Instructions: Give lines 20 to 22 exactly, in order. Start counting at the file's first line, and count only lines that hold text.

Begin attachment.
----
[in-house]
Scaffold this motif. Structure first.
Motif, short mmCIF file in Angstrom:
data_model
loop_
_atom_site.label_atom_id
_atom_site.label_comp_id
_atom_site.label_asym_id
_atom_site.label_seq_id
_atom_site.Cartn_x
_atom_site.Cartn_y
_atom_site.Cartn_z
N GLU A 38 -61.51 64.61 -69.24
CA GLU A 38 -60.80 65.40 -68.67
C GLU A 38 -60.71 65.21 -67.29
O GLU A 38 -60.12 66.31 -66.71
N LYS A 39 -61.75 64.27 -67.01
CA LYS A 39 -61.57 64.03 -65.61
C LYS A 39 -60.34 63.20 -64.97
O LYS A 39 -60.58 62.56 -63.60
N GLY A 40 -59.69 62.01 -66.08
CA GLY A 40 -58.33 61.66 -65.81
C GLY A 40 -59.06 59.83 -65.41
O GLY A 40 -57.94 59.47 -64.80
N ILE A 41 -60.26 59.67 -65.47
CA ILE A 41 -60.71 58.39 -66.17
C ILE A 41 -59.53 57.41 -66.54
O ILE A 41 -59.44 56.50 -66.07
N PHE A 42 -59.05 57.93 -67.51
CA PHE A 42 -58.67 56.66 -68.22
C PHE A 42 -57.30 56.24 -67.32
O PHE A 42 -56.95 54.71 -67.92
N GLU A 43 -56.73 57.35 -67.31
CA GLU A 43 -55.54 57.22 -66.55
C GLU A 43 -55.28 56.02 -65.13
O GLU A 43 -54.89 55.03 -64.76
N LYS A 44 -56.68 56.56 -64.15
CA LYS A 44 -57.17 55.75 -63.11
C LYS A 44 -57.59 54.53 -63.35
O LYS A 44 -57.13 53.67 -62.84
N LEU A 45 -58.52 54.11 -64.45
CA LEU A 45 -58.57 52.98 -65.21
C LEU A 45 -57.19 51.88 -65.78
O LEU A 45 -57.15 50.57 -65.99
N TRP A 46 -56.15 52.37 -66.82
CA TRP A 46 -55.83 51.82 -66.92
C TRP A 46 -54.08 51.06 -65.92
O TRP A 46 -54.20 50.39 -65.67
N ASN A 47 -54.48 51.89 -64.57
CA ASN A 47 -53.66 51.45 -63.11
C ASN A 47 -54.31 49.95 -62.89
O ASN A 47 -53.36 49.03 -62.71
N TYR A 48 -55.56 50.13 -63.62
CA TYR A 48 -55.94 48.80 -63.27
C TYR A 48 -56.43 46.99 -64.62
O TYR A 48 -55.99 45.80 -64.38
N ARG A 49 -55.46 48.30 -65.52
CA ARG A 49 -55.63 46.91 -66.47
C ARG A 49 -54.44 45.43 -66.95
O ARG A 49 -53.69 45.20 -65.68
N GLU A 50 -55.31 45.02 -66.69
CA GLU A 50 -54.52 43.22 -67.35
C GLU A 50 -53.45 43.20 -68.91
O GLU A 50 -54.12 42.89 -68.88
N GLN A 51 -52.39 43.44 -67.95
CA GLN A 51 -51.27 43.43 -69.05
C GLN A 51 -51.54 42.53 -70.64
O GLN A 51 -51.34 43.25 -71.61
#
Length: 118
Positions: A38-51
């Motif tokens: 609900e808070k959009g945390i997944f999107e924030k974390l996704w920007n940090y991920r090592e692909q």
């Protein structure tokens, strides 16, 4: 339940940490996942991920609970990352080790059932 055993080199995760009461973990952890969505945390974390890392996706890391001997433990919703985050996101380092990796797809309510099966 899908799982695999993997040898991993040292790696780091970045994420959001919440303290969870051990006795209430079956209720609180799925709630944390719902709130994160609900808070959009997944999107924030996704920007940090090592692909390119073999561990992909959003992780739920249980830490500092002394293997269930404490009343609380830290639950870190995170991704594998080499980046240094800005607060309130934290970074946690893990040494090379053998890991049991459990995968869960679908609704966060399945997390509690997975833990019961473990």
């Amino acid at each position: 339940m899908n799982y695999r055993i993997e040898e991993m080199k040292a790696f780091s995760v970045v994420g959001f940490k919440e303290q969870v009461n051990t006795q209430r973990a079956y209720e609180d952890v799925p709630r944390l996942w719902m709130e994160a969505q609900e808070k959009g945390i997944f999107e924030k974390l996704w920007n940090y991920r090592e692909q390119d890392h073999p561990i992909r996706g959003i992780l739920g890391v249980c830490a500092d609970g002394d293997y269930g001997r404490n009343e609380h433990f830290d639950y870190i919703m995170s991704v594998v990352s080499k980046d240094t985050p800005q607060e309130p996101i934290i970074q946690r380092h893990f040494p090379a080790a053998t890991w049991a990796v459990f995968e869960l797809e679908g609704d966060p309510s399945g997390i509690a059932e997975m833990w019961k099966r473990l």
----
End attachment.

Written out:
O LYS A 39 -60.58 62.56 -63.60
N GLY A 40 -59.69 62.01 -66.08
CA GLY A 40 -58.33 61.66 -65.81